India Likely to Receive $7.4 Bn Remittances This Year, Says World BankTop Stories

December 10, 2018 09:41
India Likely to Receive $7.4 Bn Remittances This Year, Says World Bank

(Image source from: ABS-CBN News)

The remittance inflow in India is likely to increase by 16.8 percent this year, according to the latest report by the World Bank on migration and remittances.

According to the report the remittance in 2018 is expected to be $79.4 billion, while the remittance inflow to India in 2017 was $68.9 billion.

India is followed by China ($67 billion), Mexico and the Philippines ($34 billion each), and Egypt ($26 billion), according to the report.

The 2017 remittances constituted 2.7 percent of India's GDP (Gross Domestic Product). While the figure was $70.3 billion in 2014, in 2015 it was $68.9 billion and in 2016 it was $62.7 billion.

Remittances to South Asia are probable to increase by 13.5 percent to $132 billion in 2018, a stronger pace than the 5.7 percent growth seen in 2017.

"The increase is driven by stronger economic conditions in advanced economies, particularly the United States, and the increase in oil prices having a positive impact on outflows from some Gulf Cooperation Council (GCC) countries, such as the United Arab Emirates, which reported a 13 percent growth in outflows for the first half of 2018," the report added.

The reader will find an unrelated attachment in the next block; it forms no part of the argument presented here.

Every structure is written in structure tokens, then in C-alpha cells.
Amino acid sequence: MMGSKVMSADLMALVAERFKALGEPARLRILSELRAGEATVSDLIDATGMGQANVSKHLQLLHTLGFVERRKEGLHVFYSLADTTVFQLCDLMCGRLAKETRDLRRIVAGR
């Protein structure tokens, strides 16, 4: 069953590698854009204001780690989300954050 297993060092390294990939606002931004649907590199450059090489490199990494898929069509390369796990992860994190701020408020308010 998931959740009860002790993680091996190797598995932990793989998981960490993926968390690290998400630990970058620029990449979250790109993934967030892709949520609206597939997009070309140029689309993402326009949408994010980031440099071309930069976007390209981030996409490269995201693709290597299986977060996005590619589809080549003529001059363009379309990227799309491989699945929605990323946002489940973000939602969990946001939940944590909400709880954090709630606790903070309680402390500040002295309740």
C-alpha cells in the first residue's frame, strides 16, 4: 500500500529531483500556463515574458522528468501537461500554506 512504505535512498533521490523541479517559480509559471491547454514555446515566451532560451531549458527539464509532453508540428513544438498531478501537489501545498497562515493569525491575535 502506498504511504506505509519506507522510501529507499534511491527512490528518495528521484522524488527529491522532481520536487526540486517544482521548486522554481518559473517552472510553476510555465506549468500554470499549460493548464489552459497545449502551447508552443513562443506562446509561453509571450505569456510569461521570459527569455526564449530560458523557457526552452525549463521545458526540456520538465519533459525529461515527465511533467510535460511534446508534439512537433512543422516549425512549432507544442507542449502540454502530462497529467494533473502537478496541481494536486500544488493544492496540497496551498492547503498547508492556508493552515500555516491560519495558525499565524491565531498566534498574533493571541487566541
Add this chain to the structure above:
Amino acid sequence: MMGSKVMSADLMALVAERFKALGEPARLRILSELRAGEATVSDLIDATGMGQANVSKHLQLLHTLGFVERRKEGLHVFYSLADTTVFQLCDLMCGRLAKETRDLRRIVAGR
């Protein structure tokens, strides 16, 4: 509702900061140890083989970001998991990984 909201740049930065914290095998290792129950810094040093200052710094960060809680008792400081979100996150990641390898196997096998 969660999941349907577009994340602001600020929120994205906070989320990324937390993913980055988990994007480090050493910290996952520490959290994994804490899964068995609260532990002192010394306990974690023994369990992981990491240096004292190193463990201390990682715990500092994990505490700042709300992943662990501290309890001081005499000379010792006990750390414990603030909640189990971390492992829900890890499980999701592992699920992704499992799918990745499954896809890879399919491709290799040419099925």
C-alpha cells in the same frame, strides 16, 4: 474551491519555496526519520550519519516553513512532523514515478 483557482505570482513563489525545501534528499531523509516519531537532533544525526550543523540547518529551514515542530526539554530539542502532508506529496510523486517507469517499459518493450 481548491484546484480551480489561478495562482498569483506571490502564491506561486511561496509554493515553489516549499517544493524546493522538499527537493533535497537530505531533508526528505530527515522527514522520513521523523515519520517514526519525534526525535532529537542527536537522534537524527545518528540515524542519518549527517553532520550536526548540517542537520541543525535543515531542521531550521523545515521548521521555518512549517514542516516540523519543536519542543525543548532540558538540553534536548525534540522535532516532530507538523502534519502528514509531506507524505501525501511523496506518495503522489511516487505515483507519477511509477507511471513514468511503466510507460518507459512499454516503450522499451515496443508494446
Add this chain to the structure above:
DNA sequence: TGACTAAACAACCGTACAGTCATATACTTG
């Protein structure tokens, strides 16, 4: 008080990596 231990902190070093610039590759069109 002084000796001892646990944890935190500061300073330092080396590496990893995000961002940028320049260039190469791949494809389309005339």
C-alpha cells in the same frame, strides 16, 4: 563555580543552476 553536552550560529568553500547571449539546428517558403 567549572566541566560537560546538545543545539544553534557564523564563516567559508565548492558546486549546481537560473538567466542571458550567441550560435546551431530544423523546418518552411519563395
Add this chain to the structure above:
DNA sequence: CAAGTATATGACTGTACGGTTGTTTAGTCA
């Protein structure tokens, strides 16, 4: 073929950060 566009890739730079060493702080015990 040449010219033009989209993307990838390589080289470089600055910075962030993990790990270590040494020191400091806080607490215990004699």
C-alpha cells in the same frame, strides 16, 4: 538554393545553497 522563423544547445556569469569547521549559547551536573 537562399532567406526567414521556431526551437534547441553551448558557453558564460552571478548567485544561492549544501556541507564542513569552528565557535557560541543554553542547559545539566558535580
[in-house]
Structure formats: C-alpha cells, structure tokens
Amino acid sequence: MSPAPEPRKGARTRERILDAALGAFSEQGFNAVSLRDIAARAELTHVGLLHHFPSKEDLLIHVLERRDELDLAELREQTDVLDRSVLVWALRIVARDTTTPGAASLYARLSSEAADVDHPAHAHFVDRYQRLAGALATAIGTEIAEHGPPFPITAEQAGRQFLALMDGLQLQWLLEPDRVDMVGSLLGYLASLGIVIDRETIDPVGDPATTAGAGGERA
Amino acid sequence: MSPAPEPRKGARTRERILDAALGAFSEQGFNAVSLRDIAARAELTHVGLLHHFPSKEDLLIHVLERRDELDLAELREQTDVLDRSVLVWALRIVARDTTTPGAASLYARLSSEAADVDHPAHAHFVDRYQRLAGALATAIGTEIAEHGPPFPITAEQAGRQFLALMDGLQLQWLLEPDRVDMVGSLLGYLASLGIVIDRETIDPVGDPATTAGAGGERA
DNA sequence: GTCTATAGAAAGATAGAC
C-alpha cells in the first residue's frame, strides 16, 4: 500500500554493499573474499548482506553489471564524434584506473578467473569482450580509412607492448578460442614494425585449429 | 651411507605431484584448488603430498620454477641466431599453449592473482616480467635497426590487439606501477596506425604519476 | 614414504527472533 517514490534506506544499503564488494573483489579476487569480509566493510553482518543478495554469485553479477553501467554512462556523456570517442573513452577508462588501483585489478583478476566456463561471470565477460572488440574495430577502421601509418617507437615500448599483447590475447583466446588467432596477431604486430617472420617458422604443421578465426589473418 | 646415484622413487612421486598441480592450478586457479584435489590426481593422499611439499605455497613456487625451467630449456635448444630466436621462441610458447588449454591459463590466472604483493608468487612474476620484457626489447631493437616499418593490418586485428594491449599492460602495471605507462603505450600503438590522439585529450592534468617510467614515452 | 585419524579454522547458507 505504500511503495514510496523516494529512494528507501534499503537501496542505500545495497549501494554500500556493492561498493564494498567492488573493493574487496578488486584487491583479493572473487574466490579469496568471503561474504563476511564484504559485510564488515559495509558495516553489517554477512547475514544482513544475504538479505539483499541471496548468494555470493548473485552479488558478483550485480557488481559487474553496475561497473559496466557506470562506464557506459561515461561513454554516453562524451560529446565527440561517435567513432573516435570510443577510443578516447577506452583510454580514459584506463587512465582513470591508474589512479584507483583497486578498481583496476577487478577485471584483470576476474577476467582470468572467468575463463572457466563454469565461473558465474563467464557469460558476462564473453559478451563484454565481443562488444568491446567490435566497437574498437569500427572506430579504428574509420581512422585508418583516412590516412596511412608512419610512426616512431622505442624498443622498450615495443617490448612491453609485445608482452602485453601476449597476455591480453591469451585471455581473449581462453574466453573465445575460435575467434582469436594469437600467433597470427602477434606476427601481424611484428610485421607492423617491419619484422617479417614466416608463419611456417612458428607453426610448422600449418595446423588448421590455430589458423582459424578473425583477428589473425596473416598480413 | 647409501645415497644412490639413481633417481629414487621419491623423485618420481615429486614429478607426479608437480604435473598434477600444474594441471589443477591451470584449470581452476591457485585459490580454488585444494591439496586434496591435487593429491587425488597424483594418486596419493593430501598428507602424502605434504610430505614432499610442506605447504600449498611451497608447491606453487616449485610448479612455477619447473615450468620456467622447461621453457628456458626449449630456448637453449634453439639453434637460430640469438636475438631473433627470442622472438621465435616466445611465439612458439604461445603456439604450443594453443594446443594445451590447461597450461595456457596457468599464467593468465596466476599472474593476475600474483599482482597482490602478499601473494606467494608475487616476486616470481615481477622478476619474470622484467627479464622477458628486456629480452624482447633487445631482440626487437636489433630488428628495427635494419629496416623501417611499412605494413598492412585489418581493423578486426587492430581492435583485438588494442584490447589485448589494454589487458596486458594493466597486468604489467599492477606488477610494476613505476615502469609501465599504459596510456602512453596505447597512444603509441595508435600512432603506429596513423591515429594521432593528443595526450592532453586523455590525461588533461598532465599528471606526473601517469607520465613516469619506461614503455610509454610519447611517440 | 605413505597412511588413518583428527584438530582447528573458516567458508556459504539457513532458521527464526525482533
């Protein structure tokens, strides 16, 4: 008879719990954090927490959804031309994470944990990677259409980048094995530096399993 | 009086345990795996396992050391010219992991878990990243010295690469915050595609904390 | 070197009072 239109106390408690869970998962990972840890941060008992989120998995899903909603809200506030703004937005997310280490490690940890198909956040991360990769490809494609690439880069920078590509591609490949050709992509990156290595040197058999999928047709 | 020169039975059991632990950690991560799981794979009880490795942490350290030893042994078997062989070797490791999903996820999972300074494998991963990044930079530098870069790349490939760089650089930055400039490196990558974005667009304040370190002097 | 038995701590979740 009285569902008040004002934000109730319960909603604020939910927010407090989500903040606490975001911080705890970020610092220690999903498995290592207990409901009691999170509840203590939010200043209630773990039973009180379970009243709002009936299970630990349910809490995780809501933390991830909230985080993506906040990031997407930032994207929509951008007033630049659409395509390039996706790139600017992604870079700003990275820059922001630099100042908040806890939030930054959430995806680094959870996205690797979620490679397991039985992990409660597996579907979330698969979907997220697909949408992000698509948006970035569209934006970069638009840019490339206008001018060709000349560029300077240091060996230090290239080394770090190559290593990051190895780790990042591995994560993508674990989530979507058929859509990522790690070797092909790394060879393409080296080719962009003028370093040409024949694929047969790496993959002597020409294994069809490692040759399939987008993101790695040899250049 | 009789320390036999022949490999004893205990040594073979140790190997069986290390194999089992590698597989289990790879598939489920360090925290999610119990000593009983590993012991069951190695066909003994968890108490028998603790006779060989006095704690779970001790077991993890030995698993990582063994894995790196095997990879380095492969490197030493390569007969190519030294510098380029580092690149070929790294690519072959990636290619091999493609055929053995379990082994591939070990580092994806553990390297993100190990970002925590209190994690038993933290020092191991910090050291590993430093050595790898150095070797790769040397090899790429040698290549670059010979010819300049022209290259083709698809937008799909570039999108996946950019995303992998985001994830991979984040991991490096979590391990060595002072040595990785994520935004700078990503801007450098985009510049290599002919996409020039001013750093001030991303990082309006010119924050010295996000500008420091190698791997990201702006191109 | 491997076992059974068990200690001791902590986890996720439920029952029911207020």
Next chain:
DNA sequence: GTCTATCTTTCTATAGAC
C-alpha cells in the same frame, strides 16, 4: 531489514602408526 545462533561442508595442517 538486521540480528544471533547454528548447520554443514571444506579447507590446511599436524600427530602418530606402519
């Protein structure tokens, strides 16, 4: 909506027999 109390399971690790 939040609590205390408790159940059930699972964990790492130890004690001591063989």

The GCC is a regional inter-governmental political and economic alliance of Kuwait, Bahrain, Qatar, Oman, Saudi Arabia, and the UAE.

Related content: Dust From Middle East Affects Indian Summer Monsoon: Study

The report adds that Bangladesh and Pakistan might experience upticks of 17.9 percent and 6.2 percent in 2018 respectively.

The World Bank approximates that officially recorded remittances to developing countries will increase by 10.8 percent to reach $528 billion in 2018, against a 7.8 percent growth in 2017.

Global remittances, which include flows to high-income countries, are projected to grow by 10.3 percent to $689 billion, it said.

"Even with technological advances, remittance fees remain too high, double the SDG target of 3 percent. Opening up markets to competition and promoting the use of low-cost technologies will ease the burden on poorer customers," said Mahmoud Mohieldin, Senior Vice President for the 2030 Development Agenda, United Nations Relations, and Partnerships at the Bank.

In the meantime, for 2019, it is projected that remittances growth for the region will sluggish to 4.3 percent due to a moderation of growth in advanced economies, lower migration to the GCC and the benefits from the oil price spurt dissipating.

By Sowmya Sangam

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